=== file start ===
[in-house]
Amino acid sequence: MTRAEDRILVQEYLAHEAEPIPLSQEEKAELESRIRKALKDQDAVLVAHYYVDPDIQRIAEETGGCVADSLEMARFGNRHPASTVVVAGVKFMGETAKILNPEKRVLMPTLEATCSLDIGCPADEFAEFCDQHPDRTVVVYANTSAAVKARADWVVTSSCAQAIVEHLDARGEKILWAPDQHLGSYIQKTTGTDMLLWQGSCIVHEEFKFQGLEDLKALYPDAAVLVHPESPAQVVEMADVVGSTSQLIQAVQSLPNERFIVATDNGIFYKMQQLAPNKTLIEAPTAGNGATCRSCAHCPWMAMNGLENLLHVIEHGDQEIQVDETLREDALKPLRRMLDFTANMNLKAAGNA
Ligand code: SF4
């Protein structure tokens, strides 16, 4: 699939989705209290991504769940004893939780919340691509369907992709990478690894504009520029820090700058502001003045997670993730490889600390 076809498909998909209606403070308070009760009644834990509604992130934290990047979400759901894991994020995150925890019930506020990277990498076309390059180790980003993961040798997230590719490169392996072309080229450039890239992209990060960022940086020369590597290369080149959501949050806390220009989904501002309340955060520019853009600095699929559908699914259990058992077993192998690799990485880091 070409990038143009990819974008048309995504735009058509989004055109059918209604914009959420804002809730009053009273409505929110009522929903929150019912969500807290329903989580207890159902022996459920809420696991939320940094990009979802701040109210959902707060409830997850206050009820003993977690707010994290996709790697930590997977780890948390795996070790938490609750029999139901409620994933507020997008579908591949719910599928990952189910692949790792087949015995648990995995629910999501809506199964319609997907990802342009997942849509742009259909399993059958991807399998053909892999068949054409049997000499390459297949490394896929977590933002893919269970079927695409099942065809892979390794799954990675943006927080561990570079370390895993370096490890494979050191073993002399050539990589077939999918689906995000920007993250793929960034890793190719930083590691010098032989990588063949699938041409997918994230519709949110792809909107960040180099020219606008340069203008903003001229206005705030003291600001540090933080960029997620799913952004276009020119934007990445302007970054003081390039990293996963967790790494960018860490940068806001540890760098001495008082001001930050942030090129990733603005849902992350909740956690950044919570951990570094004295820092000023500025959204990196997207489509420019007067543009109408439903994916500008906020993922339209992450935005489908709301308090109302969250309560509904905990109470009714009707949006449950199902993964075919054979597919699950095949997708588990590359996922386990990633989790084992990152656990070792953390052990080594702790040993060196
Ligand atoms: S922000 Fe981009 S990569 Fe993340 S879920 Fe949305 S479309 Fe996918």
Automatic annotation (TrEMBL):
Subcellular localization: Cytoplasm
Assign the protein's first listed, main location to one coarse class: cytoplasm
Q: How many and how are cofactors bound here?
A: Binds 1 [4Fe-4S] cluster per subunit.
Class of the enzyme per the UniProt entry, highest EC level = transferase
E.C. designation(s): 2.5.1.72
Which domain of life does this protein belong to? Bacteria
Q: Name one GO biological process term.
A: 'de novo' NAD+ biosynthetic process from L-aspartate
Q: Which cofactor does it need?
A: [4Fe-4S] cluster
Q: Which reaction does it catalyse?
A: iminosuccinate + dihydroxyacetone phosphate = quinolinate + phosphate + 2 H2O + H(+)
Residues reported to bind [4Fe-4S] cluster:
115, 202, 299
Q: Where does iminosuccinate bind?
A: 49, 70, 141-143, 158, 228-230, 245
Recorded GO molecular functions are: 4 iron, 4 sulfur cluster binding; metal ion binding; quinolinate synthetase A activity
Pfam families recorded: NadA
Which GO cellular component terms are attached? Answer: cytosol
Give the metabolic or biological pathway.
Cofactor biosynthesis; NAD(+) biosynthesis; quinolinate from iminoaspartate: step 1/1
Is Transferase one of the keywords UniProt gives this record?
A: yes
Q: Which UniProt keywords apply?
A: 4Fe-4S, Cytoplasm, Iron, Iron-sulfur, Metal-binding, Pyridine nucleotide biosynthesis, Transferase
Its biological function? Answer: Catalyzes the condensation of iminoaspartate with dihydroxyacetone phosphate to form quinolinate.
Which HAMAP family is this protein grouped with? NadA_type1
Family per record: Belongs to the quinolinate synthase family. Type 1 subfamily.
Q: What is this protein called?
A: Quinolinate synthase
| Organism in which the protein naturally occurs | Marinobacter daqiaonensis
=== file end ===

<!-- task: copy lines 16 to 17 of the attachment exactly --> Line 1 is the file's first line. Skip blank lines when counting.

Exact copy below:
Q: Which cofactor does it need?
A: [4Fe-4S] cluster